Programming in itself is not bad. Problems come when:
- a program takes on a life of its own rather than being seen as a tool to a greater purpose
- a program exists because "we've always done it this way"
- a program becomes a priority over people
Validate the existence of the various programs using the following questions:
(1) Does it line up with the overall purpose of the church?
Each program or strategy in the church should have a distinct purpose that fits within the overall church purpose which is to love God and to love people, accomplished through worship, nurture, evangelism, fellowship, and benevolence strategies.
The Christian Education ministry of the church focuses more on the nurturing or building up of believers. Programs and strategies should therefore be developed to help people learn more about God and His ways with the end result of loving Him more. Worship, evangelism, fellowship, and benevolence may be included within the various Christian Education programs but not as the primary objective.
(2) Does it have a distinct objective within the overall purpose?
Avoid duplicated efforts, especially if you have limited resources.
(3) Does the spiritual yield merit the resources required to effectively carry out the program?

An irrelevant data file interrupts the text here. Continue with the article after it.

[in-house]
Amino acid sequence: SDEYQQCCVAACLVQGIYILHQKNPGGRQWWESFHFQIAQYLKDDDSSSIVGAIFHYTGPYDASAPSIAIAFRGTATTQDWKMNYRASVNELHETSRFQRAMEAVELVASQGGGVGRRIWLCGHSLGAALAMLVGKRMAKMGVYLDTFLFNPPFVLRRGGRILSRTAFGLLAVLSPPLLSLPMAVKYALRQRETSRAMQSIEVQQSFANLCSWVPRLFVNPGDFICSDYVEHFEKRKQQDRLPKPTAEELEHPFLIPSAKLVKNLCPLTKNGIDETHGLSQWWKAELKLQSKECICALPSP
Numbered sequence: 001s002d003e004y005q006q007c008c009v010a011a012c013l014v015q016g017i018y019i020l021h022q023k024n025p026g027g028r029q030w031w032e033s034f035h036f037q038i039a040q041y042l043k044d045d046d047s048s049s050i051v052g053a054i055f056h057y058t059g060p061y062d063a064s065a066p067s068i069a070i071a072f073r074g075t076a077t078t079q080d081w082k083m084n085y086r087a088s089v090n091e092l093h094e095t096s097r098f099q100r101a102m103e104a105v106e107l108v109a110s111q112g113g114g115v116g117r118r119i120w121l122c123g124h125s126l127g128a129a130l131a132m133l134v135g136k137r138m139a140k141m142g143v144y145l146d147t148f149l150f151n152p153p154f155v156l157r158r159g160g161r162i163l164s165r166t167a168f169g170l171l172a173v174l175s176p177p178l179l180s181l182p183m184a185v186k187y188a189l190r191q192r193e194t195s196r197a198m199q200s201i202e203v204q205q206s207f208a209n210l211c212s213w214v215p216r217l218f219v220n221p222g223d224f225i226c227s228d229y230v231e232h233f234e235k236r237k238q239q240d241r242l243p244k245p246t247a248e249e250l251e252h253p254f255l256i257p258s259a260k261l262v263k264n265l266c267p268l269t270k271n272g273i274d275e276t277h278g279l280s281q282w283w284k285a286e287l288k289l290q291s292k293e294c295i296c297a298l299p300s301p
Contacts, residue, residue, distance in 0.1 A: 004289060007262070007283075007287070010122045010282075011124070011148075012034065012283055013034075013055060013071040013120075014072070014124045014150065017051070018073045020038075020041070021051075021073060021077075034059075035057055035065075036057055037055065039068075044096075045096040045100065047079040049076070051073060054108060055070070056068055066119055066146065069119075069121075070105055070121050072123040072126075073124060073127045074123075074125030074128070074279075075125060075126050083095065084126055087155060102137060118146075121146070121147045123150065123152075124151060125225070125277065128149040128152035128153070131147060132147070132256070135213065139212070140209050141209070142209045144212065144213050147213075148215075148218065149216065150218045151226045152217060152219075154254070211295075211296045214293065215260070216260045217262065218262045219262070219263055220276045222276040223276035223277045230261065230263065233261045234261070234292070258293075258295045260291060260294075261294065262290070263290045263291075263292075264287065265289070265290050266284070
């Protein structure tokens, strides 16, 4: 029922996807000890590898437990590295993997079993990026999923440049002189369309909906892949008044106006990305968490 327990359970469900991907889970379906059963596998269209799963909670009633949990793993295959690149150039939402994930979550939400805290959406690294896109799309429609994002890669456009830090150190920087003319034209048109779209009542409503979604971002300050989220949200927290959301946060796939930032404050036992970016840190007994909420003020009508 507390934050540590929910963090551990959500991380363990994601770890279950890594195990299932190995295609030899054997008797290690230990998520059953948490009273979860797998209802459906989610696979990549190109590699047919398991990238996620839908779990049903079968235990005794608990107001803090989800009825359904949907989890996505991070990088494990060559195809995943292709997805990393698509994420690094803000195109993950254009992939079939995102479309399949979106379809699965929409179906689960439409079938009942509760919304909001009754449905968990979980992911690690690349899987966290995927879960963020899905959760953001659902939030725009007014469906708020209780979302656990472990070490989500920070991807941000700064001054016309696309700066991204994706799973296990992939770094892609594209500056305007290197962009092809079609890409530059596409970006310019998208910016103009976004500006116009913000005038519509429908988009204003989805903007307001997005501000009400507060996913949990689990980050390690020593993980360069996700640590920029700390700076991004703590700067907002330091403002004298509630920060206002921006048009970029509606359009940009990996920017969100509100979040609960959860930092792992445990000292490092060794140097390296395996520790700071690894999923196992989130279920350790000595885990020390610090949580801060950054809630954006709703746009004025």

Certain types of programs require a lot of manpower and/or financial expenditure. Can you justify it in light of available resources against the eternal value it promotes?
(4) Are the resources required to effectively carry out the program available?
The Christian life is a journey of faith. God may want you to step out and do something for Him that seems beyond your means. However, He will ultimately provide for that which He desires. If the resources just don't seem to be forthcoming, ask God if the program or strategy is His will for your church.
(5) Does it stem from prayer as God's idea or is it the result of following after another church or after the ideas of man?
Because something worked well in another church doesn't mean it is God's plan for you. Because you think something is a good idea doesn't mean God wants you to do it. Because something didn't work well in another church doesn't mean God won't use it in your church.
Though God will work in our midst despite ourselves, He is most glorified when we trust in Him over a program or idea.
A list of programs or strategies that may be a part of Christian Education ministry could include:
Bible Study Discussion Groups
Catechism or Confirmation Classes
Christian School or Day Care Program
Conferences & Retreats
New Members Class
Special Education Program
Vacation Bible School
Some of the Christian Education programs may be right for your church and some may not. Run existing programs and desired programs through the validation questions above. If a program passes the test, discern the best use of your resources to determine the way you should structure it. Then give it your best as unto the Lord (Col. 3:17; 1 Cor. 10:31) in the power of the Lord (Phil. 2:13; 2 Pet. 1:3).
Need a big picture perspective and biblical principles for coordinating the Christian Education ministry in the church? Order the Christian Education Ministry Manual.
Want to work at getting your Christian Education leadership team on the same page? Order the Christian Education Leadership Team Training.
Looking for some guidelines and resources to administrate the Christian Education ministry of your church? Order the Christian Education Files.
Better yet, order the Christian Education Ministry Bundle which includes all three of these resources.